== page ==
We can expect one of the two levels to be broken. Since the purple resistance is older and has sustained the price longer than the yellow support, I would prefer to take a market position in bearish direction, because I assume that the yellow support will bend under the pressure of the purple resistance. Actually, this is exactly what happens in the end of the orange rectangle. The price gets through the yellow support, which from now on should be called resistance as prices fall below the prior support level.

How to set entry/exit points at support and resistance levels?

As we have discussed, support and resistance levels are used to place entry and exit points on the chart. If you learn how to operate with S/R entry and exit points, you will set the ground basics of your Forex trading knowledge. S/R entry and exit points are not just a newbie lesson!

These are the essentials of any Forex trading strategy, which every trader should know how to use! The reason for this is simple – no matter the strategy you use and the tools you apply, the price of every Forex pair constantly approaches different support and resistance lines, and so we must keep a watchful eye on price action surrounding these levels.

1) Setting entry points on S/R levels

Imagine the price of a Forex pair approaches an established support zone. Since the support is old and many times tested, I assume that this support level is reliable. For this reason I could try to enter the market and set an entry point after the price touches this support level. The right way to do this is to wait for the price to interact with the level first.

When this happens, I enter the market with a long position only if the price bounces in bullish direction from this level. If you go long on your support level, the most logical place to put your stop loss would be below the support area. You place your stop right beneath your support. Doing so will limit your loss in case the bounce is a fake and the support gets broken in bearish direction after all. Take a look at the example below:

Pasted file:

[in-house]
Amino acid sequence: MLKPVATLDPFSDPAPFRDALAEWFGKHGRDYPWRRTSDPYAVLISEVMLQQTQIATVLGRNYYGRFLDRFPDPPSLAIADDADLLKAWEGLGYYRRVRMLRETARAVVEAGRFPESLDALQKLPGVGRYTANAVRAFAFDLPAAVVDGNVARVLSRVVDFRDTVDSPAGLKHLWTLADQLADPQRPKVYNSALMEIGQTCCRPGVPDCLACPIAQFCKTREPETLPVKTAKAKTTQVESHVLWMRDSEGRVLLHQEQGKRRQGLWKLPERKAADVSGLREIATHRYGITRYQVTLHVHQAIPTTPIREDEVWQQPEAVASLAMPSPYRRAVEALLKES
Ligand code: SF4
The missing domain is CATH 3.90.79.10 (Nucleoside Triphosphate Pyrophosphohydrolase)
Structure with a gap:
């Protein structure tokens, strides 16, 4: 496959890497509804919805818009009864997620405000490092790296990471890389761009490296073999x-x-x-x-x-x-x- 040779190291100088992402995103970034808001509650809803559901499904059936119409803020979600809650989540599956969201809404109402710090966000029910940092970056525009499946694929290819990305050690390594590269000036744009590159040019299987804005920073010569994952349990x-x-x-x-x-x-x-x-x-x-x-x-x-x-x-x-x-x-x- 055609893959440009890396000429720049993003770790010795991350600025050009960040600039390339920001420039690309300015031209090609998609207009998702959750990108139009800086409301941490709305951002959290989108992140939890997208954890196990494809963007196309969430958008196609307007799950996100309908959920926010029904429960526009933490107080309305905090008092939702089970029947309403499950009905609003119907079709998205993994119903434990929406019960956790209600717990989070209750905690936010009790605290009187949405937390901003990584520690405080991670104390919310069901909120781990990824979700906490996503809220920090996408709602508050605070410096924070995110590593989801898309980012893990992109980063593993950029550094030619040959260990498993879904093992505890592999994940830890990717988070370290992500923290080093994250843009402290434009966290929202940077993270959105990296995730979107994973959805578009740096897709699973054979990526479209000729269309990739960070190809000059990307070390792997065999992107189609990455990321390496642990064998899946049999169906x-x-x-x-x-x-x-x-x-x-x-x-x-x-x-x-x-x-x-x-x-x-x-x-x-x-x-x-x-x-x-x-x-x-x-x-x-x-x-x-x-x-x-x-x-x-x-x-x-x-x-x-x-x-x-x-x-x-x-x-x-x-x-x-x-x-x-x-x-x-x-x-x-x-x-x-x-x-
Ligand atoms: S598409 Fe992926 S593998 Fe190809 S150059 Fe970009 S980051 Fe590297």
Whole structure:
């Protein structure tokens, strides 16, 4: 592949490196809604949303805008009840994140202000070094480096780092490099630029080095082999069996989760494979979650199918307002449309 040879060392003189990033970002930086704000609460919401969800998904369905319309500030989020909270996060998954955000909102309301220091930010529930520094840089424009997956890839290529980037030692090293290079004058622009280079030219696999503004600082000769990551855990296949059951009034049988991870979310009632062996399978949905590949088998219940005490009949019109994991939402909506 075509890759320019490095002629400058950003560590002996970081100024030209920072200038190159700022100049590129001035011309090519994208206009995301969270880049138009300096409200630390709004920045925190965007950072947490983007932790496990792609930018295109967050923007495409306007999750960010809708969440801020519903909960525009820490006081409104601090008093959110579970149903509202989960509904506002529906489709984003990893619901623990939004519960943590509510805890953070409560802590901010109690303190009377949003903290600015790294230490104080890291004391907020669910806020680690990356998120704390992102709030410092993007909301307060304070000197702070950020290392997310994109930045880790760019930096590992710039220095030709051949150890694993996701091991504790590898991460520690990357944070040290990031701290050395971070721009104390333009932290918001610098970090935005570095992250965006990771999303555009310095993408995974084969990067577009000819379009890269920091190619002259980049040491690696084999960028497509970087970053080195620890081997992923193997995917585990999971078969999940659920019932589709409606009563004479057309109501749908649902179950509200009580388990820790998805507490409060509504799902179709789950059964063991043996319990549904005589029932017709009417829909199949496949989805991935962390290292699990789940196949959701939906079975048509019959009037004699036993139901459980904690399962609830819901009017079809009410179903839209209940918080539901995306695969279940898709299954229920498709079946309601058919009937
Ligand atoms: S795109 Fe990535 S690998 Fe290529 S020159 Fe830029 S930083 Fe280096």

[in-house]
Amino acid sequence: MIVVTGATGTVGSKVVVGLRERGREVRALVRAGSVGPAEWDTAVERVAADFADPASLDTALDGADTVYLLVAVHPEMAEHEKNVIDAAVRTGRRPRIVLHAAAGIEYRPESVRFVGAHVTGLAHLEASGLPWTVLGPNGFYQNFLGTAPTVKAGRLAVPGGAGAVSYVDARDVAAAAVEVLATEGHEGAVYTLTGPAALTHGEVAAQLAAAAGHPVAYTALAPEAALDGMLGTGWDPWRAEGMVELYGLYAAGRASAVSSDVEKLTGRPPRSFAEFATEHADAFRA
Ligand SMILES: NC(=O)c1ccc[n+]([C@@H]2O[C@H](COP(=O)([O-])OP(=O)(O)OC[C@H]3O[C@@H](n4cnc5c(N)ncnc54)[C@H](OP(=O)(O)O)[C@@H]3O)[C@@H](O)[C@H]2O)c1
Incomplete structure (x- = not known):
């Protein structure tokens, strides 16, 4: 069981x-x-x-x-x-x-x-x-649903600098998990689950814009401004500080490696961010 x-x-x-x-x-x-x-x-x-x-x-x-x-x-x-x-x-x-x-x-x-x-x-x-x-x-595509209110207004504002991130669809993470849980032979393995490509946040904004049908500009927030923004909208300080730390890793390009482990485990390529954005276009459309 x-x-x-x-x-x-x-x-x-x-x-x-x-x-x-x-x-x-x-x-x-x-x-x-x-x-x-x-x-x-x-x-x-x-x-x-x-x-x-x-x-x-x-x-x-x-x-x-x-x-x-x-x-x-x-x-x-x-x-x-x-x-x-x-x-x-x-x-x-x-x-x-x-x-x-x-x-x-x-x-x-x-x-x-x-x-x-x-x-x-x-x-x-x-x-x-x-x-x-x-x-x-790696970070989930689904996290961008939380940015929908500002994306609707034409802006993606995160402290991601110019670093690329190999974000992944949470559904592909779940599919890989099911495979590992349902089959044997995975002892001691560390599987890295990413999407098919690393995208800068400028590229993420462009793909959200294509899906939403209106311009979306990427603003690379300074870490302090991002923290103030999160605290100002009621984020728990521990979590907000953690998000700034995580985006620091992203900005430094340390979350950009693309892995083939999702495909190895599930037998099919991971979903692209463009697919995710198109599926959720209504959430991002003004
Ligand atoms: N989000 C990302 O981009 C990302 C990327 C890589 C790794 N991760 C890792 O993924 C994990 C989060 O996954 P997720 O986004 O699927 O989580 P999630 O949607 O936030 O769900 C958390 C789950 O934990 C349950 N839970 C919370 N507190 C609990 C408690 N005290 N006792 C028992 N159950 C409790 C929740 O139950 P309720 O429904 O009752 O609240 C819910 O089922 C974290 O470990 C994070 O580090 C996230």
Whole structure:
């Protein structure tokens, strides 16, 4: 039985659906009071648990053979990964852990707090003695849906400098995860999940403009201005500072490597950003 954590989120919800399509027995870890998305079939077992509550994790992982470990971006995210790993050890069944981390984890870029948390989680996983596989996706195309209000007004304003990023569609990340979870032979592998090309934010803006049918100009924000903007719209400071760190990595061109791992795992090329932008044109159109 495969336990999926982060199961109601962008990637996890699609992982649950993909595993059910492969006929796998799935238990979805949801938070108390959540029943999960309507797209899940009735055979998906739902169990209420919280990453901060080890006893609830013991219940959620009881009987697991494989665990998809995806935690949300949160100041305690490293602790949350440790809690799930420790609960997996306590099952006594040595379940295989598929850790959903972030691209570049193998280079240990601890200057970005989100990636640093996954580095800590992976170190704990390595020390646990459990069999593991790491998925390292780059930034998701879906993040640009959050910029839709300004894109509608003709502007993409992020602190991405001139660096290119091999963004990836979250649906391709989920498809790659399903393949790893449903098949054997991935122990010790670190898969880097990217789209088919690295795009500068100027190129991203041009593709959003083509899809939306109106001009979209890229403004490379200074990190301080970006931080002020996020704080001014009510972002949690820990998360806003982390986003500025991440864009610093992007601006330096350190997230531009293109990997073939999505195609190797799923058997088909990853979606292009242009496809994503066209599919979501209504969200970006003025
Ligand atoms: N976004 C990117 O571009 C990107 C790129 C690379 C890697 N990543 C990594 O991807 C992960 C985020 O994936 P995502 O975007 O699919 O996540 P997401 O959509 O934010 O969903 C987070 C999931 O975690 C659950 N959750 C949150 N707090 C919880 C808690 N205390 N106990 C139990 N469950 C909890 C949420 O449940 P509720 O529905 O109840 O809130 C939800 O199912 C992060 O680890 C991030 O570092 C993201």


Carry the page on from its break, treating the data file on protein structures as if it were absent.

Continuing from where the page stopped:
This is a H4 chart of the AUD/USD showing the move of the price between Jul 21 and Aug 5, 2015. The purple line is an old support level, which I consider reliable and good for setting entry points. The image stages four cases to enter the market on this support level. The blue arrows show the ascending move we get after the price interacts with the purple support.

Notice case 3 where after a short increase, the price does a rapid drop and hits our stop loss order. This is why it is paramount to always use a stop loss when trading. So, this support level gave us three good long positions and one bad, which equals to 3:1 success rate. Note that setting entry points on resistance levels works the absolute same way as setting entry points on support levels, but in the opposite direction.

2) Setting exit points on S/R levels

In order to set an exit point on a support or resistance level, you should already be in the market with a position. For this reason, imagine you have bought a Forex pair and the price moves in bullish direction according to your view. Suddenly, you see an established resistance area along the uptrend and you think: “The price might bounce in bearish direction from this old resistance and I might lose a big part of my profit! I should secure myself!” Therefore, you set an exit point on this particular resistance level. The image below will make this clear for you.


This is the daily chart of the USD/JPY Forex pair for the period between Jan 14, 2015 and Apr 3, 2015. I am in a long position after the red bullish trend line. The thicker parts of the trend show where the price finds support. While I am in my long position, I see the price getting close to an old resistance, which has already been tested few times and has sustained the price of the Yen. Therefore, it is a good approach to secure my position with an exit point below this resistance in order to avoid loss of already gained profit. Whenever the price touches the resistance, a stop loss could be placed below the candle, which has touched the level. On the image above this is the small orange line. If the price breaks the resistance in bullish direction, then I can reopen my position. But if the price does a rapid drop, I am protected with a stop loss order like in the example above. The stop loss covered us for the rapid decrease, which even got the price out of the red bullish trend.